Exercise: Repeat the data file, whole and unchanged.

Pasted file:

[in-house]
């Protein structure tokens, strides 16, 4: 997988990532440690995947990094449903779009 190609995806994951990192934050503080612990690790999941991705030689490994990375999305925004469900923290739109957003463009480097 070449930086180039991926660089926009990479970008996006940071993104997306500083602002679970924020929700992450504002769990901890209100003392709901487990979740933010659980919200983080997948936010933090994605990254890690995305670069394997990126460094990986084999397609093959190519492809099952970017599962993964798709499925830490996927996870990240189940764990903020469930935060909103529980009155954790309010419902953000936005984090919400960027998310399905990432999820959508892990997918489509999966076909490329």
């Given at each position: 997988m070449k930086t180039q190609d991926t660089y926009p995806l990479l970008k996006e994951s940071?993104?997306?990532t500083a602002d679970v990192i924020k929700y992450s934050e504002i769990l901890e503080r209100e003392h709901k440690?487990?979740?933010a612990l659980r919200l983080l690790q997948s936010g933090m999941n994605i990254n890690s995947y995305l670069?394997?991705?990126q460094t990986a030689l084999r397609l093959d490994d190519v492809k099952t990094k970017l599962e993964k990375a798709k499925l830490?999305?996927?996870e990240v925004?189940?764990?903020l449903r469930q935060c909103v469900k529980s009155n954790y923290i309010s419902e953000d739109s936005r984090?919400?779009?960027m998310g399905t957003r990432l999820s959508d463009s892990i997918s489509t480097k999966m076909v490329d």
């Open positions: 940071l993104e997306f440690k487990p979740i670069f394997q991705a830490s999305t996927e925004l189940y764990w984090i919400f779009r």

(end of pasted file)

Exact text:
[in-house]
């Protein structure tokens, strides 16, 4: 997988990532440690995947990094449903779009 190609995806994951990192934050503080612990690790999941991705030689490994990375999305925004469900923290739109957003463009480097 070449930086180039991926660089926009990479970008996006940071993104997306500083602002679970924020929700992450504002769990901890209100003392709901487990979740933010659980919200983080997948936010933090994605990254890690995305670069394997990126460094990986084999397609093959190519492809099952970017599962993964798709499925830490996927996870990240189940764990903020469930935060909103529980009155954790309010419902953000936005984090919400960027998310399905990432999820959508892990997918489509999966076909490329």
């Given at each position: 997988m070449k930086t180039q190609d991926t660089y926009p995806l990479l970008k996006e994951s940071?993104?997306?990532t500083a602002d679970v990192i924020k929700y992450s934050e504002i769990l901890e503080r209100e003392h709901k440690?487990?979740?933010a612990l659980r919200l983080l690790q997948s936010g933090m999941n994605i990254n890690s995947y995305l670069?394997?991705?990126q460094t990986a030689l084999r397609l093959d490994d190519v492809k099952t990094k970017l599962e993964k990375a798709k499925l830490?999305?996927?996870e990240v925004?189940?764990?903020l449903r469930q935060c909103v469900k529980s009155n954790y923290i309010s419902e953000d739109s936005r984090?919400?779009?960027m998310g399905t957003r990432l999820s959508d463009s892990i997918s489509t480097k999966m076909v490329d």
């Open positions: 940071l993104e997306f440690k487990p979740i670069f394997q991705a830490s999305t996927e925004l189940y764990w984090i919400f779009r």